1) Rev. Sizer is one of the authors of the ‘Seven Affirmations’ of the conference ‘Christ at the Checkpoint 2012’. These include the following affirmation: ‘Messianic Jews are the brothers and sisters of all who follow Jesus or Yeshua. We are one family bound together in a fellowship of love. Although diversity in political opinions as well as theological emphasis inevitably exist, we refuse to allow these views to hinder our fellowship in Jesus.’
Yet on 6th October 2011 Rev. Sizer said this at a public meeting at Rivercourt Methodist Church:
‘There are certainly churches in Israel/Palestine that side with the occupation, that side with Zionism. One of my burdens is to challenge them theologically and show that they’ve repudiated Jesus, they’ve repudiated the Bible, and they are an abomination.’
‘Abomination’ is the strongest word in the Christian vocabulary (think of Matthew 24:15). The churches Rev. Sizer refers to are indigenous Israeli congregations made up of born again evangelicals who describe themselves as Messianic Jews. Most Christians would find it hard to imagine any circumstances in which they would describe a whole group of genuinely evangelical churches as ‘an abomination’, yet that is how Rev. Sizer refers to our brothers and sisters in Israel.
His comments were recorded on this video (they come about a minute and a half into the video):
Rev. Sizer has since issued an apology on his blog for his comments (see below, click to enlarge). He says by way of explanation, ‘The event was stressful not least because of the heckling from certain Zionists present.’ Yet in the video there is no sign of any interruption or stressful interaction. The comments are not made under pressure and give every appearance of careful consideration – who develops a ‘burden’ on the spur of the moment? More importantly still, Rev. Sizer only apologised ten days after the original comments were made, when heavy criticism of his words had begun to appear. It is therefore hard to believe that any apology would have been forthcoming if there had not been critical observers present at the meeting. This underlines the point that Stephen Sizer says different things to different audiences. As a result it is difficult to trust the integrity of the apology.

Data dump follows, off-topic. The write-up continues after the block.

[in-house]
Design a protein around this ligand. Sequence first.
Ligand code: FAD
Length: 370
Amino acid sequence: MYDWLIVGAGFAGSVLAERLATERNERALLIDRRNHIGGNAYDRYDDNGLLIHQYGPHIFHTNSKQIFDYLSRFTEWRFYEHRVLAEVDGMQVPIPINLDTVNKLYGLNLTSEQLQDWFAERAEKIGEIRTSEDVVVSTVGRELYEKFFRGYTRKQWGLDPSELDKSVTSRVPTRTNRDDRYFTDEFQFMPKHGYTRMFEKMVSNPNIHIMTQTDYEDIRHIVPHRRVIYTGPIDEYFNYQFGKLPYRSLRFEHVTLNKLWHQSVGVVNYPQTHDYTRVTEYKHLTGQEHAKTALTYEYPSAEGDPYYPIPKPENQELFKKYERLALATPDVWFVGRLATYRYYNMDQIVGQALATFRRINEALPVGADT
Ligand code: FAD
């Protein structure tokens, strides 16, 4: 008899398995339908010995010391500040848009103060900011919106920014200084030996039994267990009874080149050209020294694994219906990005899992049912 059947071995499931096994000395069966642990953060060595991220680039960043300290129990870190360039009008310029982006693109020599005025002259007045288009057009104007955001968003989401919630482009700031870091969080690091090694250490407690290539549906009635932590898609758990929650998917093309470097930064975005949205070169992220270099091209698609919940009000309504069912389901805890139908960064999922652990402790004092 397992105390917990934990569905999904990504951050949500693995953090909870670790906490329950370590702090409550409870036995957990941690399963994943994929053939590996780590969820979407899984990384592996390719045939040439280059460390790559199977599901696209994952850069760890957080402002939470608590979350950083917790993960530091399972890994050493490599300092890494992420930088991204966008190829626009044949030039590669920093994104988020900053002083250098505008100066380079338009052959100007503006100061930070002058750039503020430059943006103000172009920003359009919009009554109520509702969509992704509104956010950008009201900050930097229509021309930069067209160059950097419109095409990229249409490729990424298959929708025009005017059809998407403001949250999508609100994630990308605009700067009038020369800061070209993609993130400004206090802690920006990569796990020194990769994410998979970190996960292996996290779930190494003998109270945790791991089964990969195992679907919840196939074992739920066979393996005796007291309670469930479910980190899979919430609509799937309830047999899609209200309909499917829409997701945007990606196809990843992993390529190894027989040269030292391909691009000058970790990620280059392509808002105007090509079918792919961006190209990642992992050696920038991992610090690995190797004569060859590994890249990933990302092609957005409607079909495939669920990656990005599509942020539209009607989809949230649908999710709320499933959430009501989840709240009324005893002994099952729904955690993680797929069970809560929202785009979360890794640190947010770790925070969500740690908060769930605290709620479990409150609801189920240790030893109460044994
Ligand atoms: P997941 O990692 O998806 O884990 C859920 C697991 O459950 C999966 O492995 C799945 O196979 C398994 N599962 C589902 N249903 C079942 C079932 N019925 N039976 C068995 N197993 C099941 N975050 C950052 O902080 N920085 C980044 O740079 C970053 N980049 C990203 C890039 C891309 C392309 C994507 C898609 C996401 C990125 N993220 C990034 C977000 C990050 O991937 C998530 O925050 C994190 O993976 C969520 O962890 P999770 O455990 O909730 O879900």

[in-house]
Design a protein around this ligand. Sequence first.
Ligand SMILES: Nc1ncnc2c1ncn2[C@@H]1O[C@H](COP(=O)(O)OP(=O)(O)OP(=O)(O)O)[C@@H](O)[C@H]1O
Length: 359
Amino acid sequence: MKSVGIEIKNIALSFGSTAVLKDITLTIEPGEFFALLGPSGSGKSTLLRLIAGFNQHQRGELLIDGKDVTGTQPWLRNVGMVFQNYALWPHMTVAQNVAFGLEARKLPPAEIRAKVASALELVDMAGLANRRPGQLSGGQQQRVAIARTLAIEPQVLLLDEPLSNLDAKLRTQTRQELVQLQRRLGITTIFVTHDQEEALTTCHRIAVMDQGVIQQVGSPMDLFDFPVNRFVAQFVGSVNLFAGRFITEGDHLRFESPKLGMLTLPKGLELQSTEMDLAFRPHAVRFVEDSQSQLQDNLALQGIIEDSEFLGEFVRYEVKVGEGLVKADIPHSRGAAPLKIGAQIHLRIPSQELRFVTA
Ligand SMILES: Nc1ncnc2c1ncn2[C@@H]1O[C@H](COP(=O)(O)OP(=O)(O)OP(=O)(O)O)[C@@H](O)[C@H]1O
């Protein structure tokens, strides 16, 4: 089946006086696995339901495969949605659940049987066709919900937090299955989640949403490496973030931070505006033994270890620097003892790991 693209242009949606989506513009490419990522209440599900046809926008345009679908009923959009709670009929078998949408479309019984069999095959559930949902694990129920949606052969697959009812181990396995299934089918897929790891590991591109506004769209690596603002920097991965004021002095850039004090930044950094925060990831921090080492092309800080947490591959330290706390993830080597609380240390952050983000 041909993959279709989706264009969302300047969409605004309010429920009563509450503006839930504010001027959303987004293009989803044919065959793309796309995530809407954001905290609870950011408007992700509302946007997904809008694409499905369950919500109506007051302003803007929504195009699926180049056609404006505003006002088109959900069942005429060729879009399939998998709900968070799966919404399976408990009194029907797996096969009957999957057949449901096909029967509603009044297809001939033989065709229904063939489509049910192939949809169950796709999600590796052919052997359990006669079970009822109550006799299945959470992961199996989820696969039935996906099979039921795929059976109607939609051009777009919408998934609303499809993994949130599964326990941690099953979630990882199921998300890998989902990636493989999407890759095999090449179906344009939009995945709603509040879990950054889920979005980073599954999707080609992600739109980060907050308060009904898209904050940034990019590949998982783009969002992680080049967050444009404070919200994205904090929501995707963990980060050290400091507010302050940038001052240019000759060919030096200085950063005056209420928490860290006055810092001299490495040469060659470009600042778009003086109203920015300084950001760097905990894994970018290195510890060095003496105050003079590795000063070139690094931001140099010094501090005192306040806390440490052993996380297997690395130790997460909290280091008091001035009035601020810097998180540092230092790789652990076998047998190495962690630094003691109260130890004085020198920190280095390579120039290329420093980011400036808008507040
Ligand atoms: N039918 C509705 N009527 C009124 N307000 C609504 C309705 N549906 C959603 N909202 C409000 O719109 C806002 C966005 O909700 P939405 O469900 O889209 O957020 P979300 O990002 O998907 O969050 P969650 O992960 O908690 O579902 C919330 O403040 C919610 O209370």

2) In an email to a Jewish supporter of Israel dated 8 December 2008, Stephen Sizer wrote, ‘I respect, accept and defend the right of Israel to exist. Period.’
However, in a blog post dated 14 October 2010, Rev Sizer commented ‘Bring it on’ in response to disgraced journalist Helen Thomas’s call for Israelis to ‘get the hell out of Palestine.’ The blog post is reproduced below – click on the screenshots to enlarge.
(NB By ‘Palestine’, Helen Thomas clearly means the whole of the land, not just the West Bank. This is clear from her reference to Poland and Germany, which were departure points for Holocaust survivors emigrating to the Middle East after World War II. Her call for Israelis to return to Poland and Germany would make no sense if she had in mind Jewish settlers in the West Bank – she would simply have told them to return within Israel’s borders.)